Tuberculous granuloma formation is enhanced by a mycobacterium virulence determinant

PLoS Biol. 2004 Nov;2(11):e367. doi: 10.1371/journal.pbio.0020367. Epub 2004 Oct 26.


Granulomas are organized host immune structures composed of tightly interposed macrophages and other cells that form in response to a variety of persistent stimuli, both infectious and noninfectious. The tuberculous granuloma is essential for host containment of mycobacterial infection, although it does not always eradicate it. Therefore, it is considered a host-beneficial, if incompletely efficacious, immune response. The Mycobacterium RD1 locus encodes a specialized secretion system that promotes mycobacterial virulence by an unknown mechanism. Using transparent zebrafish embryos to monitor the infection process in real time, we found that RD1-deficient bacteria fail to elicit efficient granuloma formation despite their ability to grow inside of infected macrophages. We showed that macrophages infected with virulent mycobacteria produce an RD1-dependent signal that directs macrophages to aggregate into granulomas. This Mycobacterium-induced macrophage aggregation in turn is tightly linked to intercellular bacterial dissemination and increased bacterial numbers. Thus, mycobacteria co-opt host granulomas for their virulence.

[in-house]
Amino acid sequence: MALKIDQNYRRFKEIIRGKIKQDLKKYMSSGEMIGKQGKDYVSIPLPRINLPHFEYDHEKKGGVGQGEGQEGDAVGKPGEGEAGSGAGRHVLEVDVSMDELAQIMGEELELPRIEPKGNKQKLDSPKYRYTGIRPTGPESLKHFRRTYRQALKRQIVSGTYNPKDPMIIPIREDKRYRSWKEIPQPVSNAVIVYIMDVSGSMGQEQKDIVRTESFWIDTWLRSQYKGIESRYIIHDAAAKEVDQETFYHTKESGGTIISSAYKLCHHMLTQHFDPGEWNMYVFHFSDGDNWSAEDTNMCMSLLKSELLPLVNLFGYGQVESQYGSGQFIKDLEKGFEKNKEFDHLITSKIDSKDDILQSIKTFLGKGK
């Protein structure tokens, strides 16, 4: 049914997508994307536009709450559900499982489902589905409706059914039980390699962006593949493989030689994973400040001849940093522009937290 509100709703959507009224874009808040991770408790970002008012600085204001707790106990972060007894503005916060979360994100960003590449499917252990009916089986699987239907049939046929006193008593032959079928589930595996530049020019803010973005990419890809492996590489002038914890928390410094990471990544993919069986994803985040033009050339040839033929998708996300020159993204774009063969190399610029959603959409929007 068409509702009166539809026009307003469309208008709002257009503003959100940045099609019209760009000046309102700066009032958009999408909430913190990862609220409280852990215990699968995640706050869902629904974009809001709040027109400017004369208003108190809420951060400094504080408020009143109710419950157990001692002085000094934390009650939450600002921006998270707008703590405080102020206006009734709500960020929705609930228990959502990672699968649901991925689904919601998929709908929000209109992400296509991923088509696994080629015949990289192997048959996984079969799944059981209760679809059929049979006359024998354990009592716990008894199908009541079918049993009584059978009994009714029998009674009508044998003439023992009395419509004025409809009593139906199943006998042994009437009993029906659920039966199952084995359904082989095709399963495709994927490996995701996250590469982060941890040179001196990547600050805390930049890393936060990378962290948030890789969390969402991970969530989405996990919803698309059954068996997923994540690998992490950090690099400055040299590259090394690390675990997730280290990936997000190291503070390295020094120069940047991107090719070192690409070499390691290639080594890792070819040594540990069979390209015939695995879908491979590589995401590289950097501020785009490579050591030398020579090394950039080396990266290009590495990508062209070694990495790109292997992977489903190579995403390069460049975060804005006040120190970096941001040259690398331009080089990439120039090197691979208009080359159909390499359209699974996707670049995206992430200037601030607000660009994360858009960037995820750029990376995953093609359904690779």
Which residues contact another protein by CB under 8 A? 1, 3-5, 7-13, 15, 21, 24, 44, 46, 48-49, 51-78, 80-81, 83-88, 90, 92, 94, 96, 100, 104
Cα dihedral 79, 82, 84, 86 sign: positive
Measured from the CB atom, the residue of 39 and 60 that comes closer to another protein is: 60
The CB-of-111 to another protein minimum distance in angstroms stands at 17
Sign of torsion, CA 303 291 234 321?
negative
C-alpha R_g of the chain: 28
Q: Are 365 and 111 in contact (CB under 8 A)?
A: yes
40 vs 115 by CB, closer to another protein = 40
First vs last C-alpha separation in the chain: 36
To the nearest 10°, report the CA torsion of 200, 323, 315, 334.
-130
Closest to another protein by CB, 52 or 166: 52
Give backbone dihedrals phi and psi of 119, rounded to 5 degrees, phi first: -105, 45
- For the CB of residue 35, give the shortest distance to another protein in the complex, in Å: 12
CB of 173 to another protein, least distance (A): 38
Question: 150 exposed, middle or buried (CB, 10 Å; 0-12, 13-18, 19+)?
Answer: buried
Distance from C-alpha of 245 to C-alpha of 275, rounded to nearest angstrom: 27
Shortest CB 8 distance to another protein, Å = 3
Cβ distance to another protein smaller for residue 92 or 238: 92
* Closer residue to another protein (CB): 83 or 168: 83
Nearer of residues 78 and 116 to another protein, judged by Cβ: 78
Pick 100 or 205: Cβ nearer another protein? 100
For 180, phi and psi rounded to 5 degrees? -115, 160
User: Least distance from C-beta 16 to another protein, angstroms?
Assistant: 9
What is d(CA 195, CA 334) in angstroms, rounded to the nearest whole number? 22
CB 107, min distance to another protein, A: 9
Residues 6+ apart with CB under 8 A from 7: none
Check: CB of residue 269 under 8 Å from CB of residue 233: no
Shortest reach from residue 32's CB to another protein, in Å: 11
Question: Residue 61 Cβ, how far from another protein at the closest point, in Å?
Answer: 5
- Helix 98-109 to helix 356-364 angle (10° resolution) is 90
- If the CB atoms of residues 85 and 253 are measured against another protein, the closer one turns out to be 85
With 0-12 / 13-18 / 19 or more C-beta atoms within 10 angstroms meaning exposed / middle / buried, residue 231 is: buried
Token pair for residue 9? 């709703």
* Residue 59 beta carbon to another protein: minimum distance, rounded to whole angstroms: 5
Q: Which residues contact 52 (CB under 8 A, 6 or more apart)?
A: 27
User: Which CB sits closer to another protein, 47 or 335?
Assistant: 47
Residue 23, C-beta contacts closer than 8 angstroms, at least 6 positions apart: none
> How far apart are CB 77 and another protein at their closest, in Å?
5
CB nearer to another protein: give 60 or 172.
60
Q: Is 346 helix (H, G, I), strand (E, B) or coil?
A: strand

Publication types

  • Research Support, N.I.H., Extramural
  • Research Support, U.S. Gov't, P.H.S.

MeSH terms

  • Animals
  • Cell Death
  • Cell Line
  • Cells, Cultured
  • Chemotaxis
  • Granuloma / microbiology
  • In Situ Nick-End Labeling
  • Macrophage Activation
  • Macrophages / metabolism
  • Macrophages / microbiology
  • Mice
  • Microscopy, Video
  • Mutation
  • Mycobacterium Infections / microbiology*
  • Mycobacterium Infections / pathology
  • Mycobacterium tuberculosis / pathogenicity*
  • Ranidae / microbiology*
  • Time Factors
  • Tuberculoma / microbiology*
  • Tuberculosis / microbiology*
  • Virulence
  • Zebrafish